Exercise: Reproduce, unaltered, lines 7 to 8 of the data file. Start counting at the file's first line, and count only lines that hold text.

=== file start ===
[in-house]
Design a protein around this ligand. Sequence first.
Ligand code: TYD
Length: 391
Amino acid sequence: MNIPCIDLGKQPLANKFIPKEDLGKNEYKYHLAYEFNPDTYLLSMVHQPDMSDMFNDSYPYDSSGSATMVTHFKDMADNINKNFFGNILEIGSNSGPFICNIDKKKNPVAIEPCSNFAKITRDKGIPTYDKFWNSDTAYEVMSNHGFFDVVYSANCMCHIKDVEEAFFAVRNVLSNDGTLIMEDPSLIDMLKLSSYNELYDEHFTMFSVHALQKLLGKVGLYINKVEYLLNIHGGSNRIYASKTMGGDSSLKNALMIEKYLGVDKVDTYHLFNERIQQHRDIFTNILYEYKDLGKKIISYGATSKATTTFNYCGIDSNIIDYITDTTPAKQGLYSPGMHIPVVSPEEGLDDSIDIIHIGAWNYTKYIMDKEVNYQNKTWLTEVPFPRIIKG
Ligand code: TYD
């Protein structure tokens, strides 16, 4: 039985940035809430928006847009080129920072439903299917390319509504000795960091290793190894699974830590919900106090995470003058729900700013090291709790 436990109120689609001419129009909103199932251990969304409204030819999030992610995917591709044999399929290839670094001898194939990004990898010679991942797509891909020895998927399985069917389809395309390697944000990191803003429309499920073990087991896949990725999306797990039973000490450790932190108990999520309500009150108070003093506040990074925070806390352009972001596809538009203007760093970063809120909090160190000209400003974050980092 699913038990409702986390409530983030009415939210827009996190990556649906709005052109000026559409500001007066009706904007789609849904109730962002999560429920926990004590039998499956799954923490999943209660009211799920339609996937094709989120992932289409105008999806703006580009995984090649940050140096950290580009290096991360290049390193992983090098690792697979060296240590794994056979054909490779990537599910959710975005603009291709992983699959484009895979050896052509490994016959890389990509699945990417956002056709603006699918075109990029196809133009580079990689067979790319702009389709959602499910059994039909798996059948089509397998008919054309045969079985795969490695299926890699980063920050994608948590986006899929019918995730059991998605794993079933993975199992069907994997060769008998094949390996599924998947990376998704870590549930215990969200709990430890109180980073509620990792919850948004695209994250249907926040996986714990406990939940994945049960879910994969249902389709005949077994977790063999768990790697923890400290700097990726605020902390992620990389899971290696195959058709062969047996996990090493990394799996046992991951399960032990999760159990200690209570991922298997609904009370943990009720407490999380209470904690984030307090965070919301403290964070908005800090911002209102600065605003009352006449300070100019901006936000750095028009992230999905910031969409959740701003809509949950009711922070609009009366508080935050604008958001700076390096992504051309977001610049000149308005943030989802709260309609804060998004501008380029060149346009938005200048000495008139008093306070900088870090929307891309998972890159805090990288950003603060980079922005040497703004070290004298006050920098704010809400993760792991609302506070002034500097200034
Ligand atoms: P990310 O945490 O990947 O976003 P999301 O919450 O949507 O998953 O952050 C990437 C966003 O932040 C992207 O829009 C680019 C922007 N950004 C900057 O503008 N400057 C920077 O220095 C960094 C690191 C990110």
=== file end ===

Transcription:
């Protein structure tokens, strides 16, 4: 039985940035809430928006847009080129920072439903299917390319509504000795960091290793190894699974830590919900106090995470003058729900700013090291709790 436990109120689609001419129009909103199932251990969304409204030819999030992610995917591709044999399929290839670094001898194939990004990898010679991942797509891909020895998927399985069917389809395309390697944000990191803003429309499920073990087991896949990725999306797990039973000490450790932190108990999520309500009150108070003093506040990074925070806390352009972001596809538009203007760093970063809120909090160190000209400003974050980092 699913038990409702986390409530983030009415939210827009996190990556649906709005052109000026559409500001007066009706904007789609849904109730962002999560429920926990004590039998499956799954923490999943209660009211799920339609996937094709989120992932289409105008999806703006580009995984090649940050140096950290580009290096991360290049390193992983090098690792697979060296240590794994056979054909490779990537599910959710975005603009291709992983699959484009895979050896052509490994016959890389990509699945990417956002056709603006699918075109990029196809133009580079990689067979790319702009389709959602499910059994039909798996059948089509397998008919054309045969079985795969490695299926890699980063920050994608948590986006899929019918995730059991998605794993079933993975199992069907994997060769008998094949390996599924998947990376998704870590549930215990969200709990430890109180980073509620990792919850948004695209994250249907926040996986714990406990939940994945049960879910994969249902389709005949077994977790063999768990790697923890400290700097990726605020902390992620990389899971290696195959058709062969047996996990090493990394799996046992991951399960032990999760159990200690209570991922298997609904009370943990009720407490999380209470904690984030307090965070919301403290964070908005800090911002209102600065605003009352006449300070100019901006936000750095028009992230999905910031969409959740701003809509949950009711922070609009009366508080935050604008958001700076390096992504051309977001610049000149308005943030989802709260309609804060998004501008380029060149346009938005200048000495008139008093306070900088870090929307891309998972890159805090990288950003603060980079922005040497703004070290004298006050920098704010809400993760792991609302506070002034500097200034
Ligand atoms: P990310 O945490 O990947 O976003 P999301 O919450 O949507 O998953 O952050 C990437 C966003 O932040 C992207 O829009 C680019 C922007 N950004 C900057 O503008 N400057 C920077 O220095 C960094 C690191 C990110």